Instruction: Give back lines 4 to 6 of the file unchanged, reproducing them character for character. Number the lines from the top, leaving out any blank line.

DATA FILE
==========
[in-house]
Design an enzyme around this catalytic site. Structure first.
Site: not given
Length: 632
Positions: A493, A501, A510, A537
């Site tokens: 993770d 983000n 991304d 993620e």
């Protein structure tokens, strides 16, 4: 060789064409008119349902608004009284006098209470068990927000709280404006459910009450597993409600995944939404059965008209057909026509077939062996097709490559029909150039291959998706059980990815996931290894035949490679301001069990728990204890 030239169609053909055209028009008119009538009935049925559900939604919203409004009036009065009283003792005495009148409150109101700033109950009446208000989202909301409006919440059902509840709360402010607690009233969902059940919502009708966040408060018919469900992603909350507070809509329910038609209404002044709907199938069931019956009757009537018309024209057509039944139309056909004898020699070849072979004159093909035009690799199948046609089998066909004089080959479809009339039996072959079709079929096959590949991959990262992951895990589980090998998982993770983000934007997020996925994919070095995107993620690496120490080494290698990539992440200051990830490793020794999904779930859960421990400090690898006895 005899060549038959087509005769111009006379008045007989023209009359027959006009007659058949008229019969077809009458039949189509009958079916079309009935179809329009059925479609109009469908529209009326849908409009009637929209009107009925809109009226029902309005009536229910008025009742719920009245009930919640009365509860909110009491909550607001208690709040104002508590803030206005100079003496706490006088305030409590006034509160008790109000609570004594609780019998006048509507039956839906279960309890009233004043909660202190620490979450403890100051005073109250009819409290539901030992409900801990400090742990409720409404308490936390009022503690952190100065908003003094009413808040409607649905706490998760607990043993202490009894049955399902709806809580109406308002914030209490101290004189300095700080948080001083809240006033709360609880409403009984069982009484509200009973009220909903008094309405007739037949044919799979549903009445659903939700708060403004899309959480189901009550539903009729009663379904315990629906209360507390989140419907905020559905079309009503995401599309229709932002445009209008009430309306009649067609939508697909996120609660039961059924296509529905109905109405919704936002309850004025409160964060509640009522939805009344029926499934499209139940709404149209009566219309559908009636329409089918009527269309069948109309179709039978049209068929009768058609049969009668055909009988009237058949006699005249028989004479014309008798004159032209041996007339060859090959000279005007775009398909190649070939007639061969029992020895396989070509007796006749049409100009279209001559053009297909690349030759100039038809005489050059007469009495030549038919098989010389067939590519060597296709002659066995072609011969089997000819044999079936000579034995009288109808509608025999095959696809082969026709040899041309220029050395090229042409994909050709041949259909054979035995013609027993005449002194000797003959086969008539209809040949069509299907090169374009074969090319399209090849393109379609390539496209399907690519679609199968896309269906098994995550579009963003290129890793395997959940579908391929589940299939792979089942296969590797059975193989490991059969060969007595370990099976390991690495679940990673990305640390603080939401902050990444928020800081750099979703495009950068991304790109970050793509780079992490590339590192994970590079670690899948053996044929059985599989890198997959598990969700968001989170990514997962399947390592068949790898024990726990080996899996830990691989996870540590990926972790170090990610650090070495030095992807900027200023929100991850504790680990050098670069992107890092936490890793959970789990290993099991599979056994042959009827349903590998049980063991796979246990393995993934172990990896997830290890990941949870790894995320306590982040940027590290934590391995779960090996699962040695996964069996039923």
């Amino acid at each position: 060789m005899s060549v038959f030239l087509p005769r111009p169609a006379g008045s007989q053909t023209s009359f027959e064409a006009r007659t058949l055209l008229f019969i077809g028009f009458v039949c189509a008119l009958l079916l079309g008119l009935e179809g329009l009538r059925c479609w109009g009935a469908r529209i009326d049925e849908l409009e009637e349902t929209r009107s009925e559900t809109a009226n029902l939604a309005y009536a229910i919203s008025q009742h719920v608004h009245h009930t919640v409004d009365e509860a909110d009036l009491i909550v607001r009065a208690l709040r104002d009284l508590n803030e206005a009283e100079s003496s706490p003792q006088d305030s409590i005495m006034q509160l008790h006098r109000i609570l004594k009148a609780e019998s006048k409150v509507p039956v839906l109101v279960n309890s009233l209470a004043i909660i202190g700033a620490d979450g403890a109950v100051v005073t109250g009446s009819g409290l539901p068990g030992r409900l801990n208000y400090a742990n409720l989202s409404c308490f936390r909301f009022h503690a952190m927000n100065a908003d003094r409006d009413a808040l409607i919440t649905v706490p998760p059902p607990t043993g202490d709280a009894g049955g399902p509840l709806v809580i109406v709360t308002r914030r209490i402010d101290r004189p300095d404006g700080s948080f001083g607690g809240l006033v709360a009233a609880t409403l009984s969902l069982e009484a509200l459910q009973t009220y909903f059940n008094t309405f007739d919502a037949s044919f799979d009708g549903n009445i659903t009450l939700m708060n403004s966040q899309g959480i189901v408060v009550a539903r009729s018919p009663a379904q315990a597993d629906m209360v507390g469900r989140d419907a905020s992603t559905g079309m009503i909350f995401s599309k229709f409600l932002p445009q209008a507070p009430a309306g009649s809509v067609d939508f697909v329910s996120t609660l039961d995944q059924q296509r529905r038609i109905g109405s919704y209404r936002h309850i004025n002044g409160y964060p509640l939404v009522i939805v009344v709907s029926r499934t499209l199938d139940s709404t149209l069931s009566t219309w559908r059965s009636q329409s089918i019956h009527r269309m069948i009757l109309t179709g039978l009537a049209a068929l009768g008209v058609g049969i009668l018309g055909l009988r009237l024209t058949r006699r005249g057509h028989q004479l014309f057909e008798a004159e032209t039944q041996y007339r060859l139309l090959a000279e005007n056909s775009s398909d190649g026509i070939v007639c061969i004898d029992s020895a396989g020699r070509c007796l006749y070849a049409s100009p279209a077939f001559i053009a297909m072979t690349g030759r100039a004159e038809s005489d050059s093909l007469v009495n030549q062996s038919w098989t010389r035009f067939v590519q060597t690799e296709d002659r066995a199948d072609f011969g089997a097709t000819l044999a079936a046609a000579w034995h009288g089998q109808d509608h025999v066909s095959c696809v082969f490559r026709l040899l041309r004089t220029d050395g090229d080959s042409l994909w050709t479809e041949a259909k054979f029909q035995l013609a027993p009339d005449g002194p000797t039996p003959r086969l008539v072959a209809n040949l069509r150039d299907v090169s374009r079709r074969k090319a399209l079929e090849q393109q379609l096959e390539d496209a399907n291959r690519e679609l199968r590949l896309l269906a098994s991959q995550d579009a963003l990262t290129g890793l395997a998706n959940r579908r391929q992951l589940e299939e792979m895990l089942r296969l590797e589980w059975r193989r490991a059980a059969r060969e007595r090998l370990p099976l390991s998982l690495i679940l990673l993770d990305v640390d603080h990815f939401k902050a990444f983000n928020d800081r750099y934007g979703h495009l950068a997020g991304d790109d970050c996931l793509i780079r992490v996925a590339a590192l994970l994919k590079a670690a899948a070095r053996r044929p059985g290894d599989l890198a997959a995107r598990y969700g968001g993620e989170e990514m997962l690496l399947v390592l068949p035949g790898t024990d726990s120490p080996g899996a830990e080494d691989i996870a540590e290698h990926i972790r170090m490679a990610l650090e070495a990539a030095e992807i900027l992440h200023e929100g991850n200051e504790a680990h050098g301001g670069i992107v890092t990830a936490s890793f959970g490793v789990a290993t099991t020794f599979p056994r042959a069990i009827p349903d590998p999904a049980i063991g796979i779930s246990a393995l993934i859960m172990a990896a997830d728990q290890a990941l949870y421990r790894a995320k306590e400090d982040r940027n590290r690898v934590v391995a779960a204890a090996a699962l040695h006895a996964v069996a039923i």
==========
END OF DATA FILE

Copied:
Length: 632
Positions: A493, A501, A510, A537
């Site tokens: 993770d 983000n 991304d 993620e």